When floods devastated the state of Queensland last year, for instance, Gillard was criticized for not showing enough emotion. Protesters who staged a demonstration in Canberra against the carbon tax waved banners stating: “Ditch the witch.” She was vilified for reneging on a campaign promise not to introduce the tax, with some critics branding her “Juliar.”
Male politicians have abandoned campaign promises without being so bitterly condemned, notes Professor Wanna. “I think going back on her word, and maybe this is a gender thing, really played badly for her,” he says. “People thought they could trust her because she was a woman. People don’t like a woman, in particular, lying.”

Perhaps most damaging, though, is the way she came to power, staging a coup against Rudd. Again, some analysts believe the public reaction has been harsher because of her gender. Christopher Pyne, an opposition politician, likened her to Lady Macbeth.
“The way she got to her position has made her more susceptible to being called things like [expletive] and ‘deceitful,’ which play into stereotypes of women,” says Lauren Rosewarne, a social scientist at the University of Melbourne. “These gender attributes have haunted her from day one.”
But Dr. Rosewarne does not believe that misogyny necessarily lies behind such attacks. “With attacks on politicians, people grasp for the easiest angle, and being a woman makes Gillard an easy target,” she says.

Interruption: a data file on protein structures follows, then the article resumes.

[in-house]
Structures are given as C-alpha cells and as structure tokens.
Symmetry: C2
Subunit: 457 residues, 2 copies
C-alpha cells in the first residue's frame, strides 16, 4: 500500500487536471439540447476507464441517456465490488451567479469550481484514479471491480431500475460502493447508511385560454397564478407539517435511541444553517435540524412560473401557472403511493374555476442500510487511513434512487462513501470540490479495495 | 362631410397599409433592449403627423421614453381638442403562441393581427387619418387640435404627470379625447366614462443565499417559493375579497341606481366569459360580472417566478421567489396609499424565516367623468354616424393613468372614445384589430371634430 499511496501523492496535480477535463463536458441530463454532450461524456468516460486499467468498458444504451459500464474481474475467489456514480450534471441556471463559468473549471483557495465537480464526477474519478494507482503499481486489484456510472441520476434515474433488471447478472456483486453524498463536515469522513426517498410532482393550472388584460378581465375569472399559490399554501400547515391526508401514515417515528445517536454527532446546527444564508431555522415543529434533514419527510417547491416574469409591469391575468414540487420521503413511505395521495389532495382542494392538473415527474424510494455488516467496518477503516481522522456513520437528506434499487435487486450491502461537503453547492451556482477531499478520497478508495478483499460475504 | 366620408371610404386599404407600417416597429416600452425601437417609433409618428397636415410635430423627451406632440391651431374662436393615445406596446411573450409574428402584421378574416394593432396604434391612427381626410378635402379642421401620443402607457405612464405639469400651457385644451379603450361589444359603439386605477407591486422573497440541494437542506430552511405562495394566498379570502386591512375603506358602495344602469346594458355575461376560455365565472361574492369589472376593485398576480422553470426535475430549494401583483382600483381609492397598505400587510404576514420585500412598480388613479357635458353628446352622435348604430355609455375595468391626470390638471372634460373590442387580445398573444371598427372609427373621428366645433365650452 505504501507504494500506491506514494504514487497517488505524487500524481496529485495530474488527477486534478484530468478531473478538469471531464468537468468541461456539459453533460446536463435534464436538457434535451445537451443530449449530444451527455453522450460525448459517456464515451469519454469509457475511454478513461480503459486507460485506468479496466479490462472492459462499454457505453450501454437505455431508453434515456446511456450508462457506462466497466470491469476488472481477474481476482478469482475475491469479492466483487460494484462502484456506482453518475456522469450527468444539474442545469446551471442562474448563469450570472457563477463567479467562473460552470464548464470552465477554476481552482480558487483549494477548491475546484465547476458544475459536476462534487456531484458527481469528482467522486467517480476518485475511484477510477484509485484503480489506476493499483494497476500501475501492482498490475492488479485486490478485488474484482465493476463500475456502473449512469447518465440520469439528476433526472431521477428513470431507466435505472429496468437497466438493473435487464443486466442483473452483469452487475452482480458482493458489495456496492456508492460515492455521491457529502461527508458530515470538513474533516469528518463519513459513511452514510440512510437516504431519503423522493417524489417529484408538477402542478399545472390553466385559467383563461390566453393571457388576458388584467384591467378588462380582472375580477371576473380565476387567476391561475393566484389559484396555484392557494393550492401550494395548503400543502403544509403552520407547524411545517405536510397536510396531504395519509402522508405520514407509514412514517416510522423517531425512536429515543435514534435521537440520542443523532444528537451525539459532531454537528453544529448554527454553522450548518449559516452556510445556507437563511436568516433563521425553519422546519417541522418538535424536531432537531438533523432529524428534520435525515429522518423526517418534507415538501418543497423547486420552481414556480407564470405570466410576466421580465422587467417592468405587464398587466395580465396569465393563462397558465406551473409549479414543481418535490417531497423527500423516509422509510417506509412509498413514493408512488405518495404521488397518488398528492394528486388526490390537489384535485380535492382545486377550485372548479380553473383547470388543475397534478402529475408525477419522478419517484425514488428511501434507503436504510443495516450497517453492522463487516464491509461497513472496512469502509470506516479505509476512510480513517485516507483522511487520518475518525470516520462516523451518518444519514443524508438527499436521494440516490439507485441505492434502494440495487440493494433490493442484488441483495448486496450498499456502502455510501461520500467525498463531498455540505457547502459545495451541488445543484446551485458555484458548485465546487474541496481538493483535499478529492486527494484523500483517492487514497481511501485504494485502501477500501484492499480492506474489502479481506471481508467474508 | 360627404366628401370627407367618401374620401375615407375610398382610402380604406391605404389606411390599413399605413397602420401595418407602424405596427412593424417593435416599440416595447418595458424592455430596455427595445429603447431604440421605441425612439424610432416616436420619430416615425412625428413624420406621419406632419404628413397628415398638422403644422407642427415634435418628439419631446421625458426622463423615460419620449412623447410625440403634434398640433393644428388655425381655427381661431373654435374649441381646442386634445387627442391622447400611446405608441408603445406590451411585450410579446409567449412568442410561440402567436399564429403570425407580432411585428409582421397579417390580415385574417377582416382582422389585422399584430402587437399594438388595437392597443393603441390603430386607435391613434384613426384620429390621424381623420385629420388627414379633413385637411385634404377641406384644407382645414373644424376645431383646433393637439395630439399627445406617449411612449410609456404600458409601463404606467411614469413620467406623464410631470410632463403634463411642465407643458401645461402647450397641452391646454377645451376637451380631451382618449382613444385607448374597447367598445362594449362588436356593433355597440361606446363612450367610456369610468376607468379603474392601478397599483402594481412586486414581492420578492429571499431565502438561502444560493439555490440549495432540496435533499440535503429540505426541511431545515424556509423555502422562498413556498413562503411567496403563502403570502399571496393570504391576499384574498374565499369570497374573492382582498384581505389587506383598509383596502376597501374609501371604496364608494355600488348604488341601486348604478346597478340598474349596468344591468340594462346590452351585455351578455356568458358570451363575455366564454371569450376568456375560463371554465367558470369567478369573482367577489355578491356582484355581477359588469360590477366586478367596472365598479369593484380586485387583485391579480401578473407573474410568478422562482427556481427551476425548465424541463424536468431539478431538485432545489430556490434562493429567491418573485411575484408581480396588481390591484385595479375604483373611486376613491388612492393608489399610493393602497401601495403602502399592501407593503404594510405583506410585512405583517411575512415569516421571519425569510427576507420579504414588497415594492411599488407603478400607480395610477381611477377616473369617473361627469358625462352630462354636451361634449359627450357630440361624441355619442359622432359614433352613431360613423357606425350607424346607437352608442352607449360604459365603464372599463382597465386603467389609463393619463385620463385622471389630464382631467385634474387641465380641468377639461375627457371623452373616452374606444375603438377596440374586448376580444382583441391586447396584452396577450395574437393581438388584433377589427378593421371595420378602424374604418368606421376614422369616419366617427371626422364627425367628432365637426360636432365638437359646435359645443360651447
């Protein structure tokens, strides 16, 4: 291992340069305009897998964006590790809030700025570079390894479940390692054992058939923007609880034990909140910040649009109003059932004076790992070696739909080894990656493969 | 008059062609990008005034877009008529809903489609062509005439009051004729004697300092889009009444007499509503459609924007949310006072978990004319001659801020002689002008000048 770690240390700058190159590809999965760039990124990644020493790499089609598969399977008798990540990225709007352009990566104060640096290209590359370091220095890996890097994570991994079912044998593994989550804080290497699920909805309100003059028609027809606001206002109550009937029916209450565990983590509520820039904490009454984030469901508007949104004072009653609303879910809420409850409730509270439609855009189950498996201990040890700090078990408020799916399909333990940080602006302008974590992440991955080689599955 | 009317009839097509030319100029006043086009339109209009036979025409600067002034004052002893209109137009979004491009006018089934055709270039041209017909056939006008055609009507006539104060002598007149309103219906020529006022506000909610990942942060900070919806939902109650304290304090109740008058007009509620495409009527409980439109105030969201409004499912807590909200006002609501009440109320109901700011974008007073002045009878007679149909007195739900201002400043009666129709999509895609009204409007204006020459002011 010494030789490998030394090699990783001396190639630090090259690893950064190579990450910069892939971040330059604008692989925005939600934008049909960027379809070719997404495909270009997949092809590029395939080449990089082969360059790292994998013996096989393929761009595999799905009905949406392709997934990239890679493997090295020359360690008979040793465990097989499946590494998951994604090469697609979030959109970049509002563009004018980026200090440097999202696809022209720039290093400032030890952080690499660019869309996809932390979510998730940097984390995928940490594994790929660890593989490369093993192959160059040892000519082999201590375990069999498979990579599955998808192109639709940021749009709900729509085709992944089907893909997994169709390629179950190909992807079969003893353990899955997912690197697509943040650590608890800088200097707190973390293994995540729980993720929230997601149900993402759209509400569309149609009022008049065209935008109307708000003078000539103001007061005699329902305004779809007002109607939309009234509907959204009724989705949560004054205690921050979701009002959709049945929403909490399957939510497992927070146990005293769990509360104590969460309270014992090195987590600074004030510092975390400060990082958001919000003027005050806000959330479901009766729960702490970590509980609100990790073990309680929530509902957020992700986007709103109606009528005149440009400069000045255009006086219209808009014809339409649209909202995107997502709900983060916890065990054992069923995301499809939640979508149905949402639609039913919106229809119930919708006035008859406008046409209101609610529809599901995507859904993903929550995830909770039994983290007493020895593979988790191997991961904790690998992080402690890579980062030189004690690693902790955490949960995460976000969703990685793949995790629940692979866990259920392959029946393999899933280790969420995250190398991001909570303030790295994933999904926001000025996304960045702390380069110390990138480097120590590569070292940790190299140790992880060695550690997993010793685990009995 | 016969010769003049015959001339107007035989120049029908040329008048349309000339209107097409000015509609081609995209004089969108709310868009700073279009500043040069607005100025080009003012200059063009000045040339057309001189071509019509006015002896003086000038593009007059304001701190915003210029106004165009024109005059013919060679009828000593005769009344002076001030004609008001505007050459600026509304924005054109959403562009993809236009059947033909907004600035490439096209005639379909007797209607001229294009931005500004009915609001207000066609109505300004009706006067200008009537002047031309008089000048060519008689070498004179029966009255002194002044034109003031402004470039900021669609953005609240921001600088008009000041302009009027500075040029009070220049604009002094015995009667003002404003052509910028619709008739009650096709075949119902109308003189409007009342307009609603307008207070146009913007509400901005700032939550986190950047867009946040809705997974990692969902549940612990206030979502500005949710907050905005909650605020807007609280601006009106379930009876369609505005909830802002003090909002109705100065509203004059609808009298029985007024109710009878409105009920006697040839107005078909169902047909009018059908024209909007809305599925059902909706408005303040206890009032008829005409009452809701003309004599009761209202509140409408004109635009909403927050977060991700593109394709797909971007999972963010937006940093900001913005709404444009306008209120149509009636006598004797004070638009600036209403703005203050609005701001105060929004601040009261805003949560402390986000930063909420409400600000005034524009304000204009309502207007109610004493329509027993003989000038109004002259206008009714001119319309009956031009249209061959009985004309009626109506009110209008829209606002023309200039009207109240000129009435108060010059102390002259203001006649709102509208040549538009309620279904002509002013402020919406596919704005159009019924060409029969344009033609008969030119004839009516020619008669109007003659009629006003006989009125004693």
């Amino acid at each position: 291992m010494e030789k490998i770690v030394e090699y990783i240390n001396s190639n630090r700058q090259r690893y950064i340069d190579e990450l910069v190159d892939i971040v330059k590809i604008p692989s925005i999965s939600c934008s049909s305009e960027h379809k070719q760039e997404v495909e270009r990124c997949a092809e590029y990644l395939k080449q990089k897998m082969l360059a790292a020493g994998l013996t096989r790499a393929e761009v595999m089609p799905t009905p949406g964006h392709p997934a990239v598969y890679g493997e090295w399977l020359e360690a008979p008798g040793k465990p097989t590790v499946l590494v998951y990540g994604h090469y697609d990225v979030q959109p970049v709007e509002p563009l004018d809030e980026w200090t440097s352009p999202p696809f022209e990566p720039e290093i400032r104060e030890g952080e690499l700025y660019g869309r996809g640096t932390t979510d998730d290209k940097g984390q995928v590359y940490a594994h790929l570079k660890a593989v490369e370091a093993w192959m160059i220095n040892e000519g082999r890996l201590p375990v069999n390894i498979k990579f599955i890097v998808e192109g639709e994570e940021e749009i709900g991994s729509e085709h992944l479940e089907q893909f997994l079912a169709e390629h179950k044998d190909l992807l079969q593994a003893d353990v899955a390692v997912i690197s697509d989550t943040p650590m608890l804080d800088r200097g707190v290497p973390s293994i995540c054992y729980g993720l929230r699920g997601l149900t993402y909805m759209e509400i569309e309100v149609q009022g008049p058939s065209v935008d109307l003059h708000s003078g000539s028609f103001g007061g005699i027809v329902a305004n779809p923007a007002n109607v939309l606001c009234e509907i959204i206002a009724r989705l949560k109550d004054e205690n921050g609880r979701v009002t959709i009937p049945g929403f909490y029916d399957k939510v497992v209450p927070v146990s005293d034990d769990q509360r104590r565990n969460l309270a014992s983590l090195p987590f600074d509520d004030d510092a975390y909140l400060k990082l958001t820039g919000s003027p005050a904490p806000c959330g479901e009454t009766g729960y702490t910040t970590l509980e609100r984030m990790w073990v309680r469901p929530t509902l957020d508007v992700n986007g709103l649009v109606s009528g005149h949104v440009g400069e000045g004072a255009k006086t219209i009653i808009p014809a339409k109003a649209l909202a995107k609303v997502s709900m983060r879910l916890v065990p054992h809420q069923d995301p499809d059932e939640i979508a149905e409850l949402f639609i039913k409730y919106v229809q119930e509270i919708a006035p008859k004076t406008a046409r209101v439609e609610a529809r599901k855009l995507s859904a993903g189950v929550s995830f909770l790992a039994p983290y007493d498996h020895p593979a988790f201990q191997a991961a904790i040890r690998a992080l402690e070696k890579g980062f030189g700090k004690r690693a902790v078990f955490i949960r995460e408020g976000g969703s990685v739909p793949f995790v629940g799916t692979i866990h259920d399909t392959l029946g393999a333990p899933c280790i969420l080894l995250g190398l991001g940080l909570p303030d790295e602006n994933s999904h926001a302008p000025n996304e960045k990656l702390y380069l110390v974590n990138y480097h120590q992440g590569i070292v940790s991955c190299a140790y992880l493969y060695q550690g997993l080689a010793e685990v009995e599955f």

Gililard herself has avoided playing the sexism card. But in a television interview two weeks ago, she said Australians were “taking a bit of time” to get used to a female leader. Bob Brown, leader of the Australian Greens, was more blunt. “Quite a bit of the criticism is sexist and unfair and unrelenting, and the prime minister needs a bit of a break from that,” he said recently.
 And Simon Benson, chief political correspondent of the Daily Telegraph, a Sydney tabloid, wrote in a blog that underlying the criticism was “a belief that the harder and more personal the attack, the more likely she is to break – because she is a woman.”
He went on: “With Gillard … there is a misogynistic tone which is driving the debasement of the political debate even further into the gutter.”

During the debates that preceded the election in 2010 one TV network gauged reactions by the public and there was clear negativity toward Gillard by men.

One other indicator of attitudes toward women is Australia's ongoing gender pay gap. Between 1990 and 2009, the gap stayed between 15 and 17 percent, according to the National Centre for Social and Economic Modelling.   In August 2010, the Australian gender pay gap was 16.9 percent, according to the Australian government. Compared with Britain's pay gap, which was 9.1 percent in April 2010.

Rudd, who was elected in 2007, resigned as foreign minister last week in order to challenge Gillard. Although he is better liked by voters, most analysts doubted he could sway enough Labor MPs to win Monday’s ballot. Still, with Gillard highly unlikely to win the next election, due by late 2013, her days in the job are nonetheless numbered, analysts say.